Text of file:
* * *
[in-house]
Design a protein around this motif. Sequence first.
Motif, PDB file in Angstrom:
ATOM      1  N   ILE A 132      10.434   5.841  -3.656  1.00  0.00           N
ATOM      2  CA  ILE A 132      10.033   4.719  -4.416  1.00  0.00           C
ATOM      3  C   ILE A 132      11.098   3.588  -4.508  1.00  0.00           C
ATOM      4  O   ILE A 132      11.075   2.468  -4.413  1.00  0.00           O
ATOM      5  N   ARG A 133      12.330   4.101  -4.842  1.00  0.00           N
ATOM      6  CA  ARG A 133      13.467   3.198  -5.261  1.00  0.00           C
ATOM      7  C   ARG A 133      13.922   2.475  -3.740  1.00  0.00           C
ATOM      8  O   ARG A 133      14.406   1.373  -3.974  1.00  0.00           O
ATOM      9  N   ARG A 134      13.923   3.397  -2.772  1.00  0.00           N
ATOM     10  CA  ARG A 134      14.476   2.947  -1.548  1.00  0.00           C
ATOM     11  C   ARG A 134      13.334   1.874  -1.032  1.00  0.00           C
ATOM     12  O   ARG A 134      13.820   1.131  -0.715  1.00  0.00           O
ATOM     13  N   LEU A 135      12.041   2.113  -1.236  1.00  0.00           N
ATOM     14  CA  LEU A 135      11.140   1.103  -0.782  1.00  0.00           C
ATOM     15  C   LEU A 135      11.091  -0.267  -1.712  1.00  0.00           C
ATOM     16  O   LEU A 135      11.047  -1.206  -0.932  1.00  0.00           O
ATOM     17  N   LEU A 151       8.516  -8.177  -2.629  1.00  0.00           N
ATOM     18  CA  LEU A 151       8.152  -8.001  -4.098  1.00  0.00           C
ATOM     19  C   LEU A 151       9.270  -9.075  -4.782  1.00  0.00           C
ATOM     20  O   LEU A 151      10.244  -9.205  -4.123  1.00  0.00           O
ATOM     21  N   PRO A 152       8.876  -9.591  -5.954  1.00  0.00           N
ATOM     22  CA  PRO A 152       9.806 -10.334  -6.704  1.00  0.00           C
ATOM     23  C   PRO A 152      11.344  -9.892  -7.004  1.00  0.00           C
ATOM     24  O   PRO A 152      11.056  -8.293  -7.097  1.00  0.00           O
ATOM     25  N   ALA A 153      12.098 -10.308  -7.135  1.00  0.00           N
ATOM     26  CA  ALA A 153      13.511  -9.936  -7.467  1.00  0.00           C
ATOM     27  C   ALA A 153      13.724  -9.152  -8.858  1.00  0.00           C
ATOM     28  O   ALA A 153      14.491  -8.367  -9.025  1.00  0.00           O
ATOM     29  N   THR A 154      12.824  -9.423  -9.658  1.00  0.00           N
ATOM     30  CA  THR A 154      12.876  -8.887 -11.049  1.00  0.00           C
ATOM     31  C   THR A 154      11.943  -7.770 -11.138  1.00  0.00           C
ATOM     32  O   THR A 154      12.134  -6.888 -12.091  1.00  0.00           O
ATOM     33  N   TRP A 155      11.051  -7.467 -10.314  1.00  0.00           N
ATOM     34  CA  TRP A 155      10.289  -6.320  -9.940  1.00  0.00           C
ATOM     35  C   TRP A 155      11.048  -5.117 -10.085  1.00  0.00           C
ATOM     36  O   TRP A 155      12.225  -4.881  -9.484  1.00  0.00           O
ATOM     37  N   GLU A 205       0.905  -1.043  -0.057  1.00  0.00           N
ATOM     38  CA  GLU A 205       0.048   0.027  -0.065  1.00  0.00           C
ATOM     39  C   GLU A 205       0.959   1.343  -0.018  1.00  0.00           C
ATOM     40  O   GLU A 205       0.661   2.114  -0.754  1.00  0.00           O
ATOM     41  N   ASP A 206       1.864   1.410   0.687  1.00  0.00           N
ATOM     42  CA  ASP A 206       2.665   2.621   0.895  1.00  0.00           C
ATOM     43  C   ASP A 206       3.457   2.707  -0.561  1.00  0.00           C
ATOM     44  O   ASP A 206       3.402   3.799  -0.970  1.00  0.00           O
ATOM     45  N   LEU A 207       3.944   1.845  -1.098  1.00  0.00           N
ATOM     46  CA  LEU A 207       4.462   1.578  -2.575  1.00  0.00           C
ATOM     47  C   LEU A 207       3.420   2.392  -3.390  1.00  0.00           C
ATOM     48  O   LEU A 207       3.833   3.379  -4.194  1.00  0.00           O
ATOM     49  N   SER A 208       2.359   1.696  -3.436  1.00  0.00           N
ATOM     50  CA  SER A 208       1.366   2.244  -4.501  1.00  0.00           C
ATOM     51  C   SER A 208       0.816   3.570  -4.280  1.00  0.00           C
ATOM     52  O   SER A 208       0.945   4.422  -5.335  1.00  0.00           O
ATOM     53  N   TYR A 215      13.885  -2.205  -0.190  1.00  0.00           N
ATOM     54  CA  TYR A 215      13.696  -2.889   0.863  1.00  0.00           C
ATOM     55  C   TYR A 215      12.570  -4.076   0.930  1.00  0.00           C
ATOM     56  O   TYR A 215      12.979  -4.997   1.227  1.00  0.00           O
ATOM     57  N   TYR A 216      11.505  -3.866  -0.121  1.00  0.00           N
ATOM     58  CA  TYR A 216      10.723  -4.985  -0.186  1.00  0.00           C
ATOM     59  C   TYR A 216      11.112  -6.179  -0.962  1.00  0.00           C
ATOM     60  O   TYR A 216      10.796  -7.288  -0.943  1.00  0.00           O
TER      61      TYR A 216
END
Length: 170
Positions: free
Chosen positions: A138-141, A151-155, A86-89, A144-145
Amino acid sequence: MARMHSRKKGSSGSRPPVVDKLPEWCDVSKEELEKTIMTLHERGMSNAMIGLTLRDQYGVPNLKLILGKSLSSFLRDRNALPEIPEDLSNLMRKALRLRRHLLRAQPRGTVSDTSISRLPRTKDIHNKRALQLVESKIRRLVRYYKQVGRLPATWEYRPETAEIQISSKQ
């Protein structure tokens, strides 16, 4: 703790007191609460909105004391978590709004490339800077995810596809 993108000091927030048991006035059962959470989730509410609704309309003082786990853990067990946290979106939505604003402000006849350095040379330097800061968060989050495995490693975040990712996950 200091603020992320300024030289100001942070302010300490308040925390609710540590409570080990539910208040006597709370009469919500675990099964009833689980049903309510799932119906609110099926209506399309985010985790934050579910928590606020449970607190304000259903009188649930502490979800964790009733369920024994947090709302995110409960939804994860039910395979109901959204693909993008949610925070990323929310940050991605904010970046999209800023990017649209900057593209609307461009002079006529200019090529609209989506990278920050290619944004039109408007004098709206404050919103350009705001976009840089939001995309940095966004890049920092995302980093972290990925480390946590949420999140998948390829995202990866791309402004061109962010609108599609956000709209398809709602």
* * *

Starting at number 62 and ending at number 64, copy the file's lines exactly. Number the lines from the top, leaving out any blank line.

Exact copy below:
ATOM     59  C   TYR A 216      11.112  -6.179  -0.962  1.00  0.00           C
ATOM     60  O   TYR A 216      10.796  -7.288  -0.943  1.00  0.00           O
TER      61      TYR A 216